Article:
Skip to main content

Are stimulus checks taxable?

Are stimulus checks taxable?
(Image credit: Getty)

Knowing what is and isn’t taxable is crucial to getting your tax return right the first time. But this year, there’s a new question that many tax filers want answering, and that is ‘are stimulus checks taxable?’

By now, most taxpayers will have received three stimulus payments over the course of the past year, with the main intention of supporting the pandemic-affected incomes of Americans. And that’s where the doubts can creep in when sitting down with your tax software - your household has had these financial boosts, but should the money received from stimulus checks be included when filing your tax return? 

Are stimulus checks taxable? 

In short, the answer for those wondering is no, stimulus checks are not taxable. As the IRS succinctly explains on its website, a stimulus payment “is not income and taxpayers will not owe tax on it.”

This means that the funds you’ve received from stimulus checks are “not includible in your gross income. Therefore, you will not include the payment in your taxable income on your federal income tax return or pay income tax on your payment.” 

The agency also confirms that stimulus checks by themselves should not reduce your tax refund or see any increase in the amount that you might owe when you file your 2020 tax return

Importantly for some, neither the previous two stimulus payments, nor the third stimulus check which is being disbursed now, affect the eligibility for federal government assistance or benefit programs either. 

Why aren’t stimulus checks taxable?

Quite simply, stimulus checks are not taxable because they’re effectively an advance on a form of tax credit, and tax credits cannot be taxed as income. 

However, when it comes to actually filing your taxes, taking a look back at what you’ve received through stimulus payments may be time well spent. That’s because if you’re yet to receive either of the first two relief payments, or you believe you were underpaid, the shortfall that you’re owed can be claimed via the Recovery Rebate Credit when you file your 2020 tax return. If you don’t normally file taxes, you can still claim the Rebate using the Free File program on the IRS site.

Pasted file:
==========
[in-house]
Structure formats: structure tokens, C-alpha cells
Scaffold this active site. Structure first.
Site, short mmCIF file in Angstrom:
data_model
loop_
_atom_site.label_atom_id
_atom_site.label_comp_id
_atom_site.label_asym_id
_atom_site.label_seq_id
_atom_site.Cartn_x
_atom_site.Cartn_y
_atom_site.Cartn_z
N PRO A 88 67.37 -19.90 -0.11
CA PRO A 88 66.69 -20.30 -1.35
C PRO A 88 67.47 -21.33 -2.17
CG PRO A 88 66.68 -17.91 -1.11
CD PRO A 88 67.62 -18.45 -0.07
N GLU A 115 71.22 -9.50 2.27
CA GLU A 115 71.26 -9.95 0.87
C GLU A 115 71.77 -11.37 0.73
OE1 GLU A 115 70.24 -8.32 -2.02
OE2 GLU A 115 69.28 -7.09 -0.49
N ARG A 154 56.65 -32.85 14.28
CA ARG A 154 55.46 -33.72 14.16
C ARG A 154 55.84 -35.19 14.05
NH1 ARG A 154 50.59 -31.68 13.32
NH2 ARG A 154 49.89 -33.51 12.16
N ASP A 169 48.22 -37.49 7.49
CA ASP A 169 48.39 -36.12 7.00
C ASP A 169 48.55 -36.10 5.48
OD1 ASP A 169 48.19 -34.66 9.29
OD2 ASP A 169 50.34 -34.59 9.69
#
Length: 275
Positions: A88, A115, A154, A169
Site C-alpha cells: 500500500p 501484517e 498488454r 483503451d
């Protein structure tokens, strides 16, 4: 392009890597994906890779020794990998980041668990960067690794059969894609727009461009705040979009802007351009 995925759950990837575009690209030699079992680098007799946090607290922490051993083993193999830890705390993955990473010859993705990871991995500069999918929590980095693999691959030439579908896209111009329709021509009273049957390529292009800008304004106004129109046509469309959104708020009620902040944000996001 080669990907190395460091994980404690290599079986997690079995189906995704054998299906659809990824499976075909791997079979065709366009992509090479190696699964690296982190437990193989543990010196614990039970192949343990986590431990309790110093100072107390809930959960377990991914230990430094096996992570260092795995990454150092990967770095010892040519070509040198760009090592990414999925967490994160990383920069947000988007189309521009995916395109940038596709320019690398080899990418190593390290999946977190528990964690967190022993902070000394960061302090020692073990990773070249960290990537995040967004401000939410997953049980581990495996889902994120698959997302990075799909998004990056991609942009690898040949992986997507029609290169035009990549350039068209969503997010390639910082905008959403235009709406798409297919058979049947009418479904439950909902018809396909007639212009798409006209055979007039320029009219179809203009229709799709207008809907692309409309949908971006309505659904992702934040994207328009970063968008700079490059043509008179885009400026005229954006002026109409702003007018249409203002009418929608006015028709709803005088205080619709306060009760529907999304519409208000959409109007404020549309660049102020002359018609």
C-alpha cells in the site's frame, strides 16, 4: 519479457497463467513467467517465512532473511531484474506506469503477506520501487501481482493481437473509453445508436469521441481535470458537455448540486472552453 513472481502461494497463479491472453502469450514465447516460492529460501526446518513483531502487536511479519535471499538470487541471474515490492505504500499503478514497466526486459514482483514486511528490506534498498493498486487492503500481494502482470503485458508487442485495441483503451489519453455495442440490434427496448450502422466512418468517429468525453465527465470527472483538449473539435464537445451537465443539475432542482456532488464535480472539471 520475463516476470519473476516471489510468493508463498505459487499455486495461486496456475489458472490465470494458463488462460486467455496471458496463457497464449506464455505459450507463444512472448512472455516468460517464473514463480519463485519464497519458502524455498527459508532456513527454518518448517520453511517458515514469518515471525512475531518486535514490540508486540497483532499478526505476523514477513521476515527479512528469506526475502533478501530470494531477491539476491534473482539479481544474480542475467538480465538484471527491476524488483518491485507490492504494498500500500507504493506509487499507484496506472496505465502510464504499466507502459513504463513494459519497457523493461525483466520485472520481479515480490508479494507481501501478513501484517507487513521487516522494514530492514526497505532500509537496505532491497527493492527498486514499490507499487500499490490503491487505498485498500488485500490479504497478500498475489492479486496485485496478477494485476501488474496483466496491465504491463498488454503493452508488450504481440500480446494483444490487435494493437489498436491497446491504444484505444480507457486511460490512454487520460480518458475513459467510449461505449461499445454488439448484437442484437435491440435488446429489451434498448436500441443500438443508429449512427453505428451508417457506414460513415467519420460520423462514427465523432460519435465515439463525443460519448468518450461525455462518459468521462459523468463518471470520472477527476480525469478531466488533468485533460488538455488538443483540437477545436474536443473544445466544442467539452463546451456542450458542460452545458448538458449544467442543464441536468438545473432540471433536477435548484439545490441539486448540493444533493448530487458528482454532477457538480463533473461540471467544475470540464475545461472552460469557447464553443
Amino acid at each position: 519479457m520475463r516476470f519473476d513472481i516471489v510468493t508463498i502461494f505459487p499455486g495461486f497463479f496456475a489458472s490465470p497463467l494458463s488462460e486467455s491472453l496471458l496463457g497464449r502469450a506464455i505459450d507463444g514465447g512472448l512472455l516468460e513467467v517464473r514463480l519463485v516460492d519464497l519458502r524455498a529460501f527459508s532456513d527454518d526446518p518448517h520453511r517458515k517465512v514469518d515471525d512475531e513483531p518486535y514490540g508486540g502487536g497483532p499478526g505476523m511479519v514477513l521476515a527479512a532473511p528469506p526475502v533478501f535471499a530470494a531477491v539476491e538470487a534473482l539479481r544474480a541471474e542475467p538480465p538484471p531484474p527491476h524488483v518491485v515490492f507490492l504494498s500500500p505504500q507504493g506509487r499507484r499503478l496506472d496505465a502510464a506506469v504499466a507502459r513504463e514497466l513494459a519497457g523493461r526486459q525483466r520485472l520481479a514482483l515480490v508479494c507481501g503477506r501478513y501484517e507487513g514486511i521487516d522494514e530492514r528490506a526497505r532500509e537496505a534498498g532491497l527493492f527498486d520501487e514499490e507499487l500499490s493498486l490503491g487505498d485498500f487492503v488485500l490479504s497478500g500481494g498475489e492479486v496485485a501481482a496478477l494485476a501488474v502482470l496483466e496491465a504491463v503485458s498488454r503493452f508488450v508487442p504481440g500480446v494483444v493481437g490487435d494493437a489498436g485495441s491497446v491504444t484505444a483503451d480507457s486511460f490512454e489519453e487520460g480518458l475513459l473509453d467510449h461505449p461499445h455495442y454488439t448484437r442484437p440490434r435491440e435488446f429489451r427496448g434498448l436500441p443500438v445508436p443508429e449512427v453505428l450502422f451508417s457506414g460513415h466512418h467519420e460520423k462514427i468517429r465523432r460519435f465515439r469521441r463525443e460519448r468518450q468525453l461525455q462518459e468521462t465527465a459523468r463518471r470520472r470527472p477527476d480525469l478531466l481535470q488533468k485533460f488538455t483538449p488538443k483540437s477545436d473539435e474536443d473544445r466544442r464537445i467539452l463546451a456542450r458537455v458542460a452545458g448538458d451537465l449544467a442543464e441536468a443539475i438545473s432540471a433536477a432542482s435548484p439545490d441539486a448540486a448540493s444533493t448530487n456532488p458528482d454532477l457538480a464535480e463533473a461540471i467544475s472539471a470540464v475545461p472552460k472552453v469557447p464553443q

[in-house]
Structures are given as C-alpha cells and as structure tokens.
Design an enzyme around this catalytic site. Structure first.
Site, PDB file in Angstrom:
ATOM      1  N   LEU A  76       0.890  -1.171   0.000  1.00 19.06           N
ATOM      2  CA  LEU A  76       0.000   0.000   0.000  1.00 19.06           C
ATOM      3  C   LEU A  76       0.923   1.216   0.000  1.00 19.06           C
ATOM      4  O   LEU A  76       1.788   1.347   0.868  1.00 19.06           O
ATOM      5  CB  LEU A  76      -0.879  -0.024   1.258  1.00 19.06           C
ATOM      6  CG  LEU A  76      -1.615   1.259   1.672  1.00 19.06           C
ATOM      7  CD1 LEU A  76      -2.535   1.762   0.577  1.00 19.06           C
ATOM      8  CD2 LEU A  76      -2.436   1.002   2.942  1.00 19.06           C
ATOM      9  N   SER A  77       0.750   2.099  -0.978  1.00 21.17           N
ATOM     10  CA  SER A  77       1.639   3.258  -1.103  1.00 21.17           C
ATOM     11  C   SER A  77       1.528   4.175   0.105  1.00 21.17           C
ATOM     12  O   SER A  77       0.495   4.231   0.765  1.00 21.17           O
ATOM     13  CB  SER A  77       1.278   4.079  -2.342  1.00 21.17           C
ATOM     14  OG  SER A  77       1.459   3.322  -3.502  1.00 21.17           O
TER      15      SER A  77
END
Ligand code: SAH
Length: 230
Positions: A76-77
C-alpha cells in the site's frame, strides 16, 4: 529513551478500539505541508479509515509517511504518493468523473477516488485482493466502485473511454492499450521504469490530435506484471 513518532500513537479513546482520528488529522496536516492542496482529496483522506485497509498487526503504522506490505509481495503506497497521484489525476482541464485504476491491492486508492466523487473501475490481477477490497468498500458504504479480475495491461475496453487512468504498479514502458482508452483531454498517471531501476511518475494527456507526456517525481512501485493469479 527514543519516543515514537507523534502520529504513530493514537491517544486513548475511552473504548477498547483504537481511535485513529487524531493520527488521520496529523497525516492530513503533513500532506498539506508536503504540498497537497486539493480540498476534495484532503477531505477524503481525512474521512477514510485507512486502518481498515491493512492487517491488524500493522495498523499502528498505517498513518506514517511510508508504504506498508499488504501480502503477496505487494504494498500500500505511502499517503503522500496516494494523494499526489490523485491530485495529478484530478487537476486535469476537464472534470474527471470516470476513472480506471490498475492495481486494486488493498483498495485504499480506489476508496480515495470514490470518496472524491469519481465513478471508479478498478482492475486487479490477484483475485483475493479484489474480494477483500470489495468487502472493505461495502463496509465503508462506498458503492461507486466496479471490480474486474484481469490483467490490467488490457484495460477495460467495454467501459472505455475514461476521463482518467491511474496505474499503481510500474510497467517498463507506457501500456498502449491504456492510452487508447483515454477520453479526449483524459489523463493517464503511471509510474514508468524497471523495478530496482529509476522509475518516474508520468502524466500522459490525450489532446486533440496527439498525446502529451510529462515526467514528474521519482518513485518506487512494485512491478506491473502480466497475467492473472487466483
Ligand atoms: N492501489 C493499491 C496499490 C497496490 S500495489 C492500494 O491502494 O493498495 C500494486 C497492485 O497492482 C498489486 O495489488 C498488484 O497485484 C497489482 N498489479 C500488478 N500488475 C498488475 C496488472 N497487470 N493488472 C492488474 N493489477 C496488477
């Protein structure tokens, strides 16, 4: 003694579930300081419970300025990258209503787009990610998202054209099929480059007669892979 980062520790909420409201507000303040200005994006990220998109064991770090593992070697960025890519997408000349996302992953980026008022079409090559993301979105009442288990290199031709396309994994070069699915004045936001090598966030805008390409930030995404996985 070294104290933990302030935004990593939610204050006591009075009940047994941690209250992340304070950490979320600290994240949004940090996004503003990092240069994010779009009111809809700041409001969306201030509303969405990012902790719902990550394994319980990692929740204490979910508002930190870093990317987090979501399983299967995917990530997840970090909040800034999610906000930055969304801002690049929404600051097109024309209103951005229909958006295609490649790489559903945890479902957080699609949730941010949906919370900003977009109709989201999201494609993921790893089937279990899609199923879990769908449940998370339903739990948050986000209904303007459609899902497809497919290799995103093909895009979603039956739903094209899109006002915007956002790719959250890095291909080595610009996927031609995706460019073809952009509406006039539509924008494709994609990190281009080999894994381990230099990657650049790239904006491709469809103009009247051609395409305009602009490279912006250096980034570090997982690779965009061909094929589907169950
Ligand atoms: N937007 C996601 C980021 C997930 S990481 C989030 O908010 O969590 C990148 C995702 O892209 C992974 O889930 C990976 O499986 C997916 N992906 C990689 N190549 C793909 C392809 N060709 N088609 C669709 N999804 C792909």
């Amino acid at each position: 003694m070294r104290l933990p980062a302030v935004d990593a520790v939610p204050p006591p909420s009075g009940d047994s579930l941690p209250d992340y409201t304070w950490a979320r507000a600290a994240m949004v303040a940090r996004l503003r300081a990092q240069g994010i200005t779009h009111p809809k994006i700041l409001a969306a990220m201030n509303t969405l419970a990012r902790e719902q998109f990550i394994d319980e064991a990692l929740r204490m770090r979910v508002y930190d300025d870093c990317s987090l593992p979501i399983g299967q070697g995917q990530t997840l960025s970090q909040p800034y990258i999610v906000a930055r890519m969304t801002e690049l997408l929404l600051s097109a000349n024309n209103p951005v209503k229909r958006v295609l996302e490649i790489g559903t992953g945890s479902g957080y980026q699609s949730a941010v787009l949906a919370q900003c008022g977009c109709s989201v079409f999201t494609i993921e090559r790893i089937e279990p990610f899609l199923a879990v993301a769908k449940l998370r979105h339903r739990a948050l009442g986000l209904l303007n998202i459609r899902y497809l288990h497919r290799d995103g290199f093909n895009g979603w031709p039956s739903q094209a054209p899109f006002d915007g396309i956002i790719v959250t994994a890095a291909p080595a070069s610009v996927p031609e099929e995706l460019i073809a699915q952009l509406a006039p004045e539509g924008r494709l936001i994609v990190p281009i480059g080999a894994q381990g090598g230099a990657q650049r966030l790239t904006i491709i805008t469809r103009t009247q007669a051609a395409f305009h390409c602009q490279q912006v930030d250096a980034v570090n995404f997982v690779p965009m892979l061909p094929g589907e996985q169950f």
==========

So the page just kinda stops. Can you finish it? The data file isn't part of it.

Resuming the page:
Are stimulus checks taxable?

(Image credit: Getty)

Doing this could be particularly important if you haven’t filed a return for 2018 or 2019, or your circumstances have changed in the past year, perhaps through job loss, having a new baby, or you’ve recently graduated from college. All of these things could mean you’re owed more, but the IRS will only know once you’ve filed your 2020 return, which you now have until May 17 to complete. If you’re due additional stimulus money, this could be added to your tax refund, or alternatively used by the IRS to cover any taxes that you might owe. 

You’ll find the amount you received under your first and second stimulus payments on Notice 1444 and Notice 1444-B respectively, which will have been mailed to you by the IRS. 

What if your stimulus payment was too much? 

If it turns out that, based on your 2020 tax return, the stimulus payments you’ve been paid are more than what you should have received, the good news is that you don’t have to pay the extra money back. 

For example, you may have received $500 for a child who, based on your 2018 or 2019 return, met the eligibility criteria for a child payment. However, if that child turned 17 last year and no longer qualifies, the $500 is still yours. 

Other tax filing reminders

How to treat stimulus checks may have created some tax filing confusion, but it’s far from the only thing that taxpayers need to bear in mind when completing their tax returns. 

In particular, remote workers need to be aware of the rules surrounding home office deductions, which might not run exactly as you’d think. More positively, the IRS has just confirmed that face masks, sanitizers and other expenditure on similar COVID-19 protective equipment is tax deductible.

Tim is Finance Editor at Top Ten Reviews. With over 20 years’ experience in the financial services industry, Tim has spent most of his career working for a financial data firm, where he was Online Editor of the consumer-facing Moneyfacts site, and regularly penned articles for the financial advice publication Investment Life and Pensions Moneyfacts. As a result, he has an excellent knowledge of almost areas of personal finance and, in particular, the retirement, investment, protection, mortgage and savings sectors. A keen armchair follower of most sports, Tim regularly plays soccer, and also enjoys attending live music events, when not having to chase after his two children.